Alcoholism is a primary, chronic, progressive disease. It affects at least 10 percent of the population and, in a hideous way, destroys both family and individual lives. No other fatal illness is marked by the sense of shame and embarrassment; no other incurable disease is so characterized by humiliation and silence as alcohol/drug addiction. If you have cancer or coronary heart disease, you get on the church’s prayer list. But if you’re an alcoholic, people talk in a voice tinged with disapproval and anger.
For over 50 years, the American Medical Association has recognized alcoholism as a medical disease, not a social flaw or a personal failure. We Episcopalians are bright, intelligent people, but on this issue we haven’t made much progress in the last century. We still look upon the addicted person as a social pariah, morally flawed and a family embarrassment.
But it is a treatable illness and like most diseases, the earlier the treatment, the less damage – both personal and physical – is done. In my 40 years of parish ministry, I have visited hundreds of people with cancer and every one of them without exception would have traded their treatment for that of the program of Alcoholics Anonymous. Regular hour-long meetings of people, who can laugh, talk and share their strength and hope…how difficult is that compared to surgery, chemotherapy, or radiation?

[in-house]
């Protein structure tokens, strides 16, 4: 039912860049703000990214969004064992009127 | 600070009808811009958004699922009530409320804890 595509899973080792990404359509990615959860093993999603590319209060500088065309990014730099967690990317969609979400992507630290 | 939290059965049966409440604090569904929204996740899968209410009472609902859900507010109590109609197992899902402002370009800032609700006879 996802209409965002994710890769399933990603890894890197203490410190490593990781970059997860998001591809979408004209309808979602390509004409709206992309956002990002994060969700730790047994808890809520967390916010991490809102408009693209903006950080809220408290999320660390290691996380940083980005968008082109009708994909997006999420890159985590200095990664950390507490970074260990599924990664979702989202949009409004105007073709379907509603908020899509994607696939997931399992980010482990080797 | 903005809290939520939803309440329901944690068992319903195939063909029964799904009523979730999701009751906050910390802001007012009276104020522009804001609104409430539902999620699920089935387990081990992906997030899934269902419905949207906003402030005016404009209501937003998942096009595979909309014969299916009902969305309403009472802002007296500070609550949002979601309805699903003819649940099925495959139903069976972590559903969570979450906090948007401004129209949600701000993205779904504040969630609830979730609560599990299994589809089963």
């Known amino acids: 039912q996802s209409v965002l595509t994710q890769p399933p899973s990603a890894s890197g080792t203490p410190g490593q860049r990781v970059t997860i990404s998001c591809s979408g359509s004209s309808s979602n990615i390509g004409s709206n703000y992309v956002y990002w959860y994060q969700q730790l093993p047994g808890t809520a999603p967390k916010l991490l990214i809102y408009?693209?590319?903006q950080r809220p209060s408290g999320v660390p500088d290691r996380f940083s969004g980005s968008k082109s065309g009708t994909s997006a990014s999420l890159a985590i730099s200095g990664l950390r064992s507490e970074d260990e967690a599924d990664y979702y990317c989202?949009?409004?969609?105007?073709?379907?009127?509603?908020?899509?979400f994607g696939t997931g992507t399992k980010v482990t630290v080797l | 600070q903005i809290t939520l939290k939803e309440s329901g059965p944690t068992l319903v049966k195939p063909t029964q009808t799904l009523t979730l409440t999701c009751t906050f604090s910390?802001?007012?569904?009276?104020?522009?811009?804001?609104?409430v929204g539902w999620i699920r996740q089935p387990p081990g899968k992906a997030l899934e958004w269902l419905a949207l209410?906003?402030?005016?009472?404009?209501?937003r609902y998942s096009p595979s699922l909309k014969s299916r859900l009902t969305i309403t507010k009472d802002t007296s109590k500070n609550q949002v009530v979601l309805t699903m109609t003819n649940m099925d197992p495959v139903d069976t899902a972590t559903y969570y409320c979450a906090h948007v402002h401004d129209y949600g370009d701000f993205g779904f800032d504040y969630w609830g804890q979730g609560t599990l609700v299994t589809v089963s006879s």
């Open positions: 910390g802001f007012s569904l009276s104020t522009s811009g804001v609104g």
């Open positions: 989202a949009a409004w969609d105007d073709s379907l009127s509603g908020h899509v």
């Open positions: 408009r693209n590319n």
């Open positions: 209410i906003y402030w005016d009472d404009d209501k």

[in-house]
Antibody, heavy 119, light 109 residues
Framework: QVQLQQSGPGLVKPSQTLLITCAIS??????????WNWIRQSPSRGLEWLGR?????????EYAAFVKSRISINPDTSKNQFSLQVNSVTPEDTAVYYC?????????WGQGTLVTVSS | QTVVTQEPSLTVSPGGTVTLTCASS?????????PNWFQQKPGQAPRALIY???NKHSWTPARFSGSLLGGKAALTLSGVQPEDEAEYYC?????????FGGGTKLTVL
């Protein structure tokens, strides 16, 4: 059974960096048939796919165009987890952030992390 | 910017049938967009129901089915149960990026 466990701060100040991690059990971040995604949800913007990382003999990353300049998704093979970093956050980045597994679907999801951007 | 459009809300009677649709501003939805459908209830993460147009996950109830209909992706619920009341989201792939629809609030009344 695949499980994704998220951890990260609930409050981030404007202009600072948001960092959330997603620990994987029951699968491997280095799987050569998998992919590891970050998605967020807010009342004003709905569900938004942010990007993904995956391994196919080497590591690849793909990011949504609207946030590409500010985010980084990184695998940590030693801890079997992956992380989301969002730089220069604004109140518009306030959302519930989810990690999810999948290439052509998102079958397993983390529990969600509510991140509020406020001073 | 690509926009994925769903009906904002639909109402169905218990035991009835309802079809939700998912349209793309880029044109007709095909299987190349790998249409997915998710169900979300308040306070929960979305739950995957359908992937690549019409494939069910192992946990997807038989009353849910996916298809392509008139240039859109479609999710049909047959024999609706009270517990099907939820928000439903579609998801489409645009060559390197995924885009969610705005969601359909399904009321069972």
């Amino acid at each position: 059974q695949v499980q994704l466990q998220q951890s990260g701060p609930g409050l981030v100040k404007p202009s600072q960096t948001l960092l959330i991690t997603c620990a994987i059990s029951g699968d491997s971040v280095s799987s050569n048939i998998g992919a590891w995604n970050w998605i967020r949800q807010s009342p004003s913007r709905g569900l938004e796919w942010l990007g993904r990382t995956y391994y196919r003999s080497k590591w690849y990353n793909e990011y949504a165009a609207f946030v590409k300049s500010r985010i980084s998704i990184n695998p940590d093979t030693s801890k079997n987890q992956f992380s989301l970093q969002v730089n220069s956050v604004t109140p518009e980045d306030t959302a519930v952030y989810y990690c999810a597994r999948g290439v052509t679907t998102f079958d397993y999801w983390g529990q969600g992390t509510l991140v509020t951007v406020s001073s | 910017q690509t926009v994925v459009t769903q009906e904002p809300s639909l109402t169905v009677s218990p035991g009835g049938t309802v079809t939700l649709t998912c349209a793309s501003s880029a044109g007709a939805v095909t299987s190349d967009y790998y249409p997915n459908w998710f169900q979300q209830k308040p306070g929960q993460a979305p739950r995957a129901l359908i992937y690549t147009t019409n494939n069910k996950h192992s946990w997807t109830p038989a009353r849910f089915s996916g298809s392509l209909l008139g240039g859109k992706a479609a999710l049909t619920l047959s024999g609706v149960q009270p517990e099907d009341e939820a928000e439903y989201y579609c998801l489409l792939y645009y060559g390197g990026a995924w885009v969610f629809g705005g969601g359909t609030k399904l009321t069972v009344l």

And the rate of success – if the 12-step program is rigorously followed – is 100 percent. No other fatal illness carries the same degree of remission rate. Yet many people choose not to do anything because denial is part and parcel of the disease. It takes a loving family, caring colleagues, and a lot of personal courage to even admit there is a problem. But once acknowledged, the recovery is remarkable. Watching someone recover carries with it the same sense of joy and hope as watching someone who has undergone chemotherapy as their hair begins to grow back. The smiles on both people are the same.
In the 38 years I have been in the program, I have never once seen someone come into AA because they wanted to. They come in because they are made to do so by spouse/family, by doctor or employer, by judge or licensing agency. People need to be told what to do because they are unable to do for themselves what needs to be done. It is a wonderful thing to save someone’s life…I know, my name is Joe Clark and I am an alcoholic.
Rev. Joseph M. Clark is a retired Rector of Church of the Ascension, Gaithersburg, Maryland and member of St. John’s Norwood in Maryland. We invite you to share your thoughts, responses, and reflections with the Diocese of Washington on Facebook.